Dame Judi Dench has just become British Vogue’s oldest cover star for the June 2020 issue, which caused a whole lot of celebration and congratulations on an incredibly widespread, and far-reaching scale. The cause for celebration was not a magazine being sent out to newsstands during Covid19 - which actually is no mean feat - but the fact that Dame Judi Dench is 85 years old.
The attention is of course, and without question, well-deserved. She looks absolutely amazing, is an acclaimed actress of many decades, and is a damn fine role model for a new generation who will also be dealing with a completely different set of societal rules, when Covid19 lets us out of its isolation clutches. Dame Judi Dench has a wealth of experience, not only due to her life span, but her multi-faceted career. She is arguably exceedingly better placed to be held up as a guiding light for the demographic that denotes the readership of Vogue. Personally, I think we could all do with more of these refined role models, rather than some of the “influencing” that occurs out there at the moment, but that is a personal observation. So, whilst I sincerely applaud all of the attention, and the resounding gasps of wonderment, I am a little surprised at how “ground-breaking” this appeared to be.
Maybe it is because my job as a trend forecaster has kept me apprised of this “phenomenon” for nearly ten years now and, to me, it was hardly news. Except that it was! No-one had thought to put an 85-year-old on the cover of (British) Vogue, even though we have been embracing and tracking the ageing Megatrend since 2009 (at least this was when it started to appear in the early adopter phase). The Vogue cover was many things: beautiful, well-thought out, immaculately done, and… new! Seriously? This got me to thinking, why did the general populace, on such a seemingly mass scale, not seem to be apprised of this trend direction?
Ageing and our “newfound” celebration of it, has been visible for many years now. Iris Apfel was the tender age of 90, when she became the face of Mac in 2011 (now that was ground-breaking, inspired and bloody brilliant), and a slew of further initiatives arose. Personally, I have been writing, presenting and consulting on the acceptance of ageing trend since 2010, when I started instructing companies to embrace and appeal to this strong consumer cohort. It was as clear as the nose on your face that this was a trend on the rise: a demographic with an incredible amount of spending power, a curious nature, and loads of time and, as it was my business, I was emphatically informing anyone that would listen to get on board.
But therein lies the rub - it seems that not that many people were actually listening.
And that is of course the trouble with forecasting. As I always explain in my presentations, forecasting, is a little like Steve Jobs, telling us that we were all going to have a computer on our desk, at a time when the reality was most computers were still the size of a room. As if!
Suffice to say, as forecasters we see things that not many people do, and definitely way before they have become reality – it is our role (the laughing is just extra).
We then need to convince others that what we are saying is not science-fiction, but will be reality. And on top of that, it can take a long time before the trend curve ascends so others can visualize it, hence, getting people to buy in can be… well, uh… difficult. As is now clearly the case!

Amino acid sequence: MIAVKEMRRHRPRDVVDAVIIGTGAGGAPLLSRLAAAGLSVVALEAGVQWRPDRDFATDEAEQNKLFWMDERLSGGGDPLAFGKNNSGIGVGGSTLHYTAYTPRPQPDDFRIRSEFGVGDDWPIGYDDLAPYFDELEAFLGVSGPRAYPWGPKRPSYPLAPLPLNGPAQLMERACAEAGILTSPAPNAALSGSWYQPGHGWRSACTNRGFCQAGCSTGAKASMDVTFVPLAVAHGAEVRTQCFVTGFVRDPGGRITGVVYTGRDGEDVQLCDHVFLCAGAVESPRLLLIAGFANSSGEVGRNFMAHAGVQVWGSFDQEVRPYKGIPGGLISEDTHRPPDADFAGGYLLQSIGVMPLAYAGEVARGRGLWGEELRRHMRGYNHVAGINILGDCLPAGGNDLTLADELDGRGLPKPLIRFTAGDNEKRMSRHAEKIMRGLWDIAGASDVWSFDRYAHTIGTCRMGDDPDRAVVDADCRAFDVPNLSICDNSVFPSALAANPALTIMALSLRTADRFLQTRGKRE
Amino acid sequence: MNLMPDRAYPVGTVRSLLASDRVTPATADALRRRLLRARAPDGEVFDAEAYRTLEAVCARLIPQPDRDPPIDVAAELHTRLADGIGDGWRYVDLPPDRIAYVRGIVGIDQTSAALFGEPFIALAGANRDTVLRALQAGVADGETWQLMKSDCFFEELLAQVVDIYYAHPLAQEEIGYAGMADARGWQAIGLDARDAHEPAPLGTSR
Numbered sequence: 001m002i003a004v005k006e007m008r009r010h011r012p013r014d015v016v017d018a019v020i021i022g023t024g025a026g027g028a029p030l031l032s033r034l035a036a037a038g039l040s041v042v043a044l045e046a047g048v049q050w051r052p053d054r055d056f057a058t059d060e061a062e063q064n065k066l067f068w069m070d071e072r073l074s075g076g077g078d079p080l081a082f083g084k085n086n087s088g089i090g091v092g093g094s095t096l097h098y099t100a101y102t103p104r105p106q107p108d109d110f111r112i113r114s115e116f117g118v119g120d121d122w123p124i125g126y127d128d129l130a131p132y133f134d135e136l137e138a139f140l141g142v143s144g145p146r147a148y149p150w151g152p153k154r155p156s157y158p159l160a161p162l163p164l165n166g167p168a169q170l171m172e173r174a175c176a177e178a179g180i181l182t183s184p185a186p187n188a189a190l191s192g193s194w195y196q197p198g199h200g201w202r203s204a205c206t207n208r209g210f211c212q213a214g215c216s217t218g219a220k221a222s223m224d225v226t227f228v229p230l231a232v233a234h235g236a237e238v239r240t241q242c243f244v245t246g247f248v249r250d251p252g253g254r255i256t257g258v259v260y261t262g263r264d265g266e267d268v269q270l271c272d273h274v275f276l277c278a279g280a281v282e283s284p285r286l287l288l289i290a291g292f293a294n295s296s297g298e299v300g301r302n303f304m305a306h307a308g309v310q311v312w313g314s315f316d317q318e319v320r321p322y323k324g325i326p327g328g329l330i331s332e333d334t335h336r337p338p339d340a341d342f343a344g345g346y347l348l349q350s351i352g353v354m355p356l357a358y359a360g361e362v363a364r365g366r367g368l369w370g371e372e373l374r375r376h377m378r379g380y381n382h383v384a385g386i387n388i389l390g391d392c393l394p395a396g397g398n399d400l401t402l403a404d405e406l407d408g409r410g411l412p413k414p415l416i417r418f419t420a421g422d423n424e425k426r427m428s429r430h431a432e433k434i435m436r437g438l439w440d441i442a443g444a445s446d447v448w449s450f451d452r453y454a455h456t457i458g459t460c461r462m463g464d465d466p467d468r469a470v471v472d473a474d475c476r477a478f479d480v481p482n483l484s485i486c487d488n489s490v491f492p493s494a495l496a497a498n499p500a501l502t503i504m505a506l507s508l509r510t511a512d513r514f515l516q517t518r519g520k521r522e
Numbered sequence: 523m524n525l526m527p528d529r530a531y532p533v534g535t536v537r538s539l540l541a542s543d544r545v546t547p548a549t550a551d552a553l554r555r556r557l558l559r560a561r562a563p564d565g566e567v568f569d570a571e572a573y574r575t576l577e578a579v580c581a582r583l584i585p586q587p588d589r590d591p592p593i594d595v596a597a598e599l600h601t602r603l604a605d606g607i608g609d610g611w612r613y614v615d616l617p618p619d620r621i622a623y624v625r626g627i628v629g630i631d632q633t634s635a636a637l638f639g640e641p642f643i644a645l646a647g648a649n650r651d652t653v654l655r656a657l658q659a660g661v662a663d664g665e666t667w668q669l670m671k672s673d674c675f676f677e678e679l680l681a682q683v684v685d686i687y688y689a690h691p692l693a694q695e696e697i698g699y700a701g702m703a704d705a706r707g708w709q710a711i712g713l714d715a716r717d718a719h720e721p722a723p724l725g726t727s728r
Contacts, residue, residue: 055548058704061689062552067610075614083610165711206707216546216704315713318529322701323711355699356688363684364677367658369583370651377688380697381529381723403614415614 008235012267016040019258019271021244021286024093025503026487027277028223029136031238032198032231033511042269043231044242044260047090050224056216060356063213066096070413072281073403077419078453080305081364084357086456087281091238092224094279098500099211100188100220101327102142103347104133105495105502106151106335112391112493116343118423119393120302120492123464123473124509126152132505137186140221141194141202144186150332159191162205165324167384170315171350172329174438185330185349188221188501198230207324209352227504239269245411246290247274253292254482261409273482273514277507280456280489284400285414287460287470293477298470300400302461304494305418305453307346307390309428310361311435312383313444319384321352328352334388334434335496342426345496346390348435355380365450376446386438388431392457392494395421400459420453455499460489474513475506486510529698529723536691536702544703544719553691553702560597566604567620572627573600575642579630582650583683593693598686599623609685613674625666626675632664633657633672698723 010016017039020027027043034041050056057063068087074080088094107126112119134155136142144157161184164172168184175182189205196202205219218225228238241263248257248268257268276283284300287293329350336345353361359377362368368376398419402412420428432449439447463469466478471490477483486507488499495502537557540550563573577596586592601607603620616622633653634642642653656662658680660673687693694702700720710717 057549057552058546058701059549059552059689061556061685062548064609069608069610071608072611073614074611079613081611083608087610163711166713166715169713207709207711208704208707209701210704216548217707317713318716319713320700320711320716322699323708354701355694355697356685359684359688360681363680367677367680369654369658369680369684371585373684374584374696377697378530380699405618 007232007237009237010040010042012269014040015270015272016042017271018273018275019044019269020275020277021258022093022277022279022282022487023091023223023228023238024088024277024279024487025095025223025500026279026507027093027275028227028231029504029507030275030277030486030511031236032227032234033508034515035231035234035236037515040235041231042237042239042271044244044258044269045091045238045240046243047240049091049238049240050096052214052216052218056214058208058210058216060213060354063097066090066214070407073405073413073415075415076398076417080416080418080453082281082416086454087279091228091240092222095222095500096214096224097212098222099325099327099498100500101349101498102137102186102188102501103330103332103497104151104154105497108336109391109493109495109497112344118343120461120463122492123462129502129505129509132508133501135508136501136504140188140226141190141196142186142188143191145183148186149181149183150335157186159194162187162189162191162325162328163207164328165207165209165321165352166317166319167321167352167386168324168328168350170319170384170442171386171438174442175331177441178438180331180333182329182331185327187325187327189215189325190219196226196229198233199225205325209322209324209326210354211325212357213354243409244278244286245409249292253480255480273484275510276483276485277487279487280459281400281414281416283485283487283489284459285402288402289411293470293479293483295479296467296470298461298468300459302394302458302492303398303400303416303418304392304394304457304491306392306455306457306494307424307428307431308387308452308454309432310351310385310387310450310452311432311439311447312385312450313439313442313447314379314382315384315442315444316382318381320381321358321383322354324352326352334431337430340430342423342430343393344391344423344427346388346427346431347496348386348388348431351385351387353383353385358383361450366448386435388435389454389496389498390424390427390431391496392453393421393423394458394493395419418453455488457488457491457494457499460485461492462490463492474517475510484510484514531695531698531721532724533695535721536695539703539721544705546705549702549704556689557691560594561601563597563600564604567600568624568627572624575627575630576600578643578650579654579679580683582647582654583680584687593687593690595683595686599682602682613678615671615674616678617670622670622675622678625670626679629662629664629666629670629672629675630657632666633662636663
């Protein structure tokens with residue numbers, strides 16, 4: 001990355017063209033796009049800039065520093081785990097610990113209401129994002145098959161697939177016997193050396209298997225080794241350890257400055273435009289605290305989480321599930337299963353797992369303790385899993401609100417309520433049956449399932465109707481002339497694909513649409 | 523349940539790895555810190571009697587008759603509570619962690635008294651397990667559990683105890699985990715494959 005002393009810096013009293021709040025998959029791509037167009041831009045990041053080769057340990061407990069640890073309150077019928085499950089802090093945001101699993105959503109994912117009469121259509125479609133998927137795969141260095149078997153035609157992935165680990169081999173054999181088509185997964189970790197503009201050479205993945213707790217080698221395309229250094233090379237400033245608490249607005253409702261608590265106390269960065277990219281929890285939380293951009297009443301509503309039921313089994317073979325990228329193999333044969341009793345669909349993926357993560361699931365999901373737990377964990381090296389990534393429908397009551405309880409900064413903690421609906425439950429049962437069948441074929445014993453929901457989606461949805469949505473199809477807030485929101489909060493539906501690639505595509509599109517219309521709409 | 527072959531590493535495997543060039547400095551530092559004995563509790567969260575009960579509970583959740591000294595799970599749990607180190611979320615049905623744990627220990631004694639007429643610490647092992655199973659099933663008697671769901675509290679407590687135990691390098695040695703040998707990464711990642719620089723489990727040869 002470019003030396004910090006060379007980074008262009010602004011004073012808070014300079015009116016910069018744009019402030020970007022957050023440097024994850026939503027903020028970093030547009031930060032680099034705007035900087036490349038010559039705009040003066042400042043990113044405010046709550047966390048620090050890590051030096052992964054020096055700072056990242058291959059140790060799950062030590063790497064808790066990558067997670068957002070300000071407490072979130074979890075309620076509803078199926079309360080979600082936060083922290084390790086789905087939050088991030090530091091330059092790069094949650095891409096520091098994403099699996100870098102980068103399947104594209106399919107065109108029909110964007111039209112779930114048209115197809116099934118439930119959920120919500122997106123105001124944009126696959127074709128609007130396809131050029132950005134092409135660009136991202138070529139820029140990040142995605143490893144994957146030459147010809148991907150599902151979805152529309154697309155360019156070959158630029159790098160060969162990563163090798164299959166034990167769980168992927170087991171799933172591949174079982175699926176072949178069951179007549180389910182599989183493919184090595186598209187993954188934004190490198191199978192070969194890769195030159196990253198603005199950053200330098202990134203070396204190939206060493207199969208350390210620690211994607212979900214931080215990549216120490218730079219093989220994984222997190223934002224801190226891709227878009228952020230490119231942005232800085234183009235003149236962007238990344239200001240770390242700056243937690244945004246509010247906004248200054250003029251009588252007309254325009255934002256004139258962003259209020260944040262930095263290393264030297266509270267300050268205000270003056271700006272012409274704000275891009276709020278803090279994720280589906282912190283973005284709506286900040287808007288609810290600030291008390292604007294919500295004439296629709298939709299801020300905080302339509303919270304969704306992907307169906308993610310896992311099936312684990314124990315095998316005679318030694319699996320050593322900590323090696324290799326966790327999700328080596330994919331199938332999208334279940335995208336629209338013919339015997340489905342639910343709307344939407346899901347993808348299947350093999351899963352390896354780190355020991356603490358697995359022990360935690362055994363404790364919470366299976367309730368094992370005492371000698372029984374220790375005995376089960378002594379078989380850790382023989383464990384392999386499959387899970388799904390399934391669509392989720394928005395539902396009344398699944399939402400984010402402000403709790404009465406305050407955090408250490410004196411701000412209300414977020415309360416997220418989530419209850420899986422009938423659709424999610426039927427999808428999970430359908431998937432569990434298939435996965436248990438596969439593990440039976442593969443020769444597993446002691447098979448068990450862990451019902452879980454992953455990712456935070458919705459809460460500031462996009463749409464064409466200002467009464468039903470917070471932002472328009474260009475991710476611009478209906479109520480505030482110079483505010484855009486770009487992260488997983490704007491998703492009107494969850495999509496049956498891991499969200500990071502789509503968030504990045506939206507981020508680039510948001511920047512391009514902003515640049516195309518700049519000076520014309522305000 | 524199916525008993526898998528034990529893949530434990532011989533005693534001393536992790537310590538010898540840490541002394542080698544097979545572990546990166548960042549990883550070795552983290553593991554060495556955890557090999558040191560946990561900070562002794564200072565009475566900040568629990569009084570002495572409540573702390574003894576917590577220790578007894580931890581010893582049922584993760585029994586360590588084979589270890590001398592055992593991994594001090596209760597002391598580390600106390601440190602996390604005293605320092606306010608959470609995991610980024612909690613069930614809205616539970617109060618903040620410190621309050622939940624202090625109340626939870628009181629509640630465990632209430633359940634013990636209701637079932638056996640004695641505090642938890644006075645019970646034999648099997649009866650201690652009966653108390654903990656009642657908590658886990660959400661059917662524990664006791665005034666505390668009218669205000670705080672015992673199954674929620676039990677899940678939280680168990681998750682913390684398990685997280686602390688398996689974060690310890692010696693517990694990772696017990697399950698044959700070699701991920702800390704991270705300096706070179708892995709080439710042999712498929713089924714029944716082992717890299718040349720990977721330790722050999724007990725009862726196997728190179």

The embracing of age happened for manifold reasons. Globally, ageing societies and the healthcare cost associated with them, meant governments had to take the issue in hand. In short, caring for the aged was costing A LOT. and people were living much, much longer. On top of this, traditionally collective societies such as China for example - and the rise of the new middle class - were turning away from the traditional footholds of collectivity and becoming more individual societies, which saw, due to the one-child policy of the past, many ageing parents being left alone - an extreme burden on the state. So much so, that a decree was outlined with people risking a bad social credit rating if they did not visit/care for their parents. Very Black Mirror!
It was this international need to focus on ageing populations for mainly health care reasons, that initially propelled the trend and the knock-on effects that occurred. And then things started happening relatively quickly (in trend terms that is). The fact that the demographic had huge spending power, (predicted to hold 70% of the USA’s entire wealth post 2030, pre Covid19 – things change), had loads of free time, loved travelling, and were technically and social media savvy, made them a demographic to pay attention to. “Although the 50+ generation is well known as one of the most powerful consumer groups, they are surpassed only by the 75-year-olds, who are consuming even more.” (Tootelian and Varshney, 2010). On-line dating for 75-year-olds became a thing, as did the Senior Stitch - a rise in tattoos for the over 65’s - a not incidental decline in photoshop, as we demanded to see the real and embraced the beauty of age (distressed, torn fabrics anyone?), and by 2018 (nine years later mind you) fashion houses were sending “senior” models down the catwalk with much acclaim.
Voila! A Megatrend has arrived.
And so, here we are: June 2020 British Vogue cover, with an 85-year-old, amazingly accomplished and stunning - yet not classically beautiful - woman on the cover. As the Guardian stated: “And yes, her wrinkled skin doesn’t go unnoticed, either – unsurprisingly (or should that read surprisingly?), given that fashion magazines, like the rest of society, aren’t exactly known for celebrating getting older.”
Well now they are. Not before time I say.